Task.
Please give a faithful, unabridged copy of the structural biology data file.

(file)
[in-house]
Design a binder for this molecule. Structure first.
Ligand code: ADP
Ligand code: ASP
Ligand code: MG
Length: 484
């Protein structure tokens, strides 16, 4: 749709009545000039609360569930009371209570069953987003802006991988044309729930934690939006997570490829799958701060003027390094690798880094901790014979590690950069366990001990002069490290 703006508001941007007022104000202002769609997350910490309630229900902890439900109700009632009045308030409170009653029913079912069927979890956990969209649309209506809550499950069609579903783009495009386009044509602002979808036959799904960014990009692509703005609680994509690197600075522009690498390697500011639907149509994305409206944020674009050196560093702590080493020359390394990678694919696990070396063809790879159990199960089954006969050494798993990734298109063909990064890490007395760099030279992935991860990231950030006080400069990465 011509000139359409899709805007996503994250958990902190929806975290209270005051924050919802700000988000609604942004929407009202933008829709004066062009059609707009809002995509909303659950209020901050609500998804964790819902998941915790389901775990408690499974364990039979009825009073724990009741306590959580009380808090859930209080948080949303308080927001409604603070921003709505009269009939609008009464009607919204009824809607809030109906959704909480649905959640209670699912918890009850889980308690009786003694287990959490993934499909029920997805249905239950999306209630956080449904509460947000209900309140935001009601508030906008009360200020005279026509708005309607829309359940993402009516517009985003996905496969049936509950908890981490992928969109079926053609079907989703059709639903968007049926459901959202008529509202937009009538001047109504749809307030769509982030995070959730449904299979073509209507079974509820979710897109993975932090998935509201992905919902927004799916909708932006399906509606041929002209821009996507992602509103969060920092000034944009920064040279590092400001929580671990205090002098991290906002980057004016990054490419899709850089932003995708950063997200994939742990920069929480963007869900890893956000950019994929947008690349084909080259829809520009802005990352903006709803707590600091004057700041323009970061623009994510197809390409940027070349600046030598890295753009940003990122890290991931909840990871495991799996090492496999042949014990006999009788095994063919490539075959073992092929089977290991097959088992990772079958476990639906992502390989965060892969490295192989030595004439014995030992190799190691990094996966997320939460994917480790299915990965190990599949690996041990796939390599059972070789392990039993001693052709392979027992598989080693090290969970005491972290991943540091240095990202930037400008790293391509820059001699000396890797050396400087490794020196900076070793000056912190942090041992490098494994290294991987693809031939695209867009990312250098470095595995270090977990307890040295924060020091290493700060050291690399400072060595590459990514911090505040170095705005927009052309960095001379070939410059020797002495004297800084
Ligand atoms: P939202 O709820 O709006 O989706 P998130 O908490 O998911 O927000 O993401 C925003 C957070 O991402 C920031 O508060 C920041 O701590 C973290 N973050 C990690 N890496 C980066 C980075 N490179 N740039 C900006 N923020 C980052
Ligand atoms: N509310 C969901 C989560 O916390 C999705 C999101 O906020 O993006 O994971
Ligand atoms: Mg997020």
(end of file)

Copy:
[in-house]
Design a binder for this molecule. Structure first.
Ligand code: ADP
Ligand code: ASP
Ligand code: MG
Length: 484
């Protein structure tokens, strides 16, 4: 749709009545000039609360569930009371209570069953987003802006991988044309729930934690939006997570490829799958701060003027390094690798880094901790014979590690950069366990001990002069490290 703006508001941007007022104000202002769609997350910490309630229900902890439900109700009632009045308030409170009653029913079912069927979890956990969209649309209506809550499950069609579903783009495009386009044509602002979808036959799904960014990009692509703005609680994509690197600075522009690498390697500011639907149509994305409206944020674009050196560093702590080493020359390394990678694919696990070396063809790879159990199960089954006969050494798993990734298109063909990064890490007395760099030279992935991860990231950030006080400069990465 011509000139359409899709805007996503994250958990902190929806975290209270005051924050919802700000988000609604942004929407009202933008829709004066062009059609707009809002995509909303659950209020901050609500998804964790819902998941915790389901775990408690499974364990039979009825009073724990009741306590959580009380808090859930209080948080949303308080927001409604603070921003709505009269009939609008009464009607919204009824809607809030109906959704909480649905959640209670699912918890009850889980308690009786003694287990959490993934499909029920997805249905239950999306209630956080449904509460947000209900309140935001009601508030906008009360200020005279026509708005309607829309359940993402009516517009985003996905496969049936509950908890981490992928969109079926053609079907989703059709639903968007049926459901959202008529509202937009009538001047109504749809307030769509982030995070959730449904299979073509209507079974509820979710897109993975932090998935509201992905919902927004799916909708932006399906509606041929002209821009996507992602509103969060920092000034944009920064040279590092400001929580671990205090002098991290906002980057004016990054490419899709850089932003995708950063997200994939742990920069929480963007869900890893956000950019994929947008690349084909080259829809520009802005990352903006709803707590600091004057700041323009970061623009994510197809390409940027070349600046030598890295753009940003990122890290991931909840990871495991799996090492496999042949014990006999009788095994063919490539075959073992092929089977290991097959088992990772079958476990639906992502390989965060892969490295192989030595004439014995030992190799190691990094996966997320939460994917480790299915990965190990599949690996041990796939390599059972070789392990039993001693052709392979027992598989080693090290969970005491972290991943540091240095990202930037400008790293391509820059001699000396890797050396400087490794020196900076070793000056912190942090041992490098494994290294991987693809031939695209867009990312250098470095595995270090977990307890040295924060020091290493700060050291690399400072060595590459990514911090505040170095705005927009052309960095001379070939410059020797002495004297800084
Ligand atoms: P939202 O709820 O709006 O989706 P998130 O908490 O998911 O927000 O993401 C925003 C957070 O991402 C920031 O508060 C920041 O701590 C973290 N973050 C990690 N890496 C980066 C980075 N490179 N740039 C900006 N923020 C980052
Ligand atoms: N509310 C969901 C989560 O916390 C999705 C999101 O906020 O993006 O994971
Ligand atoms: Mg997020």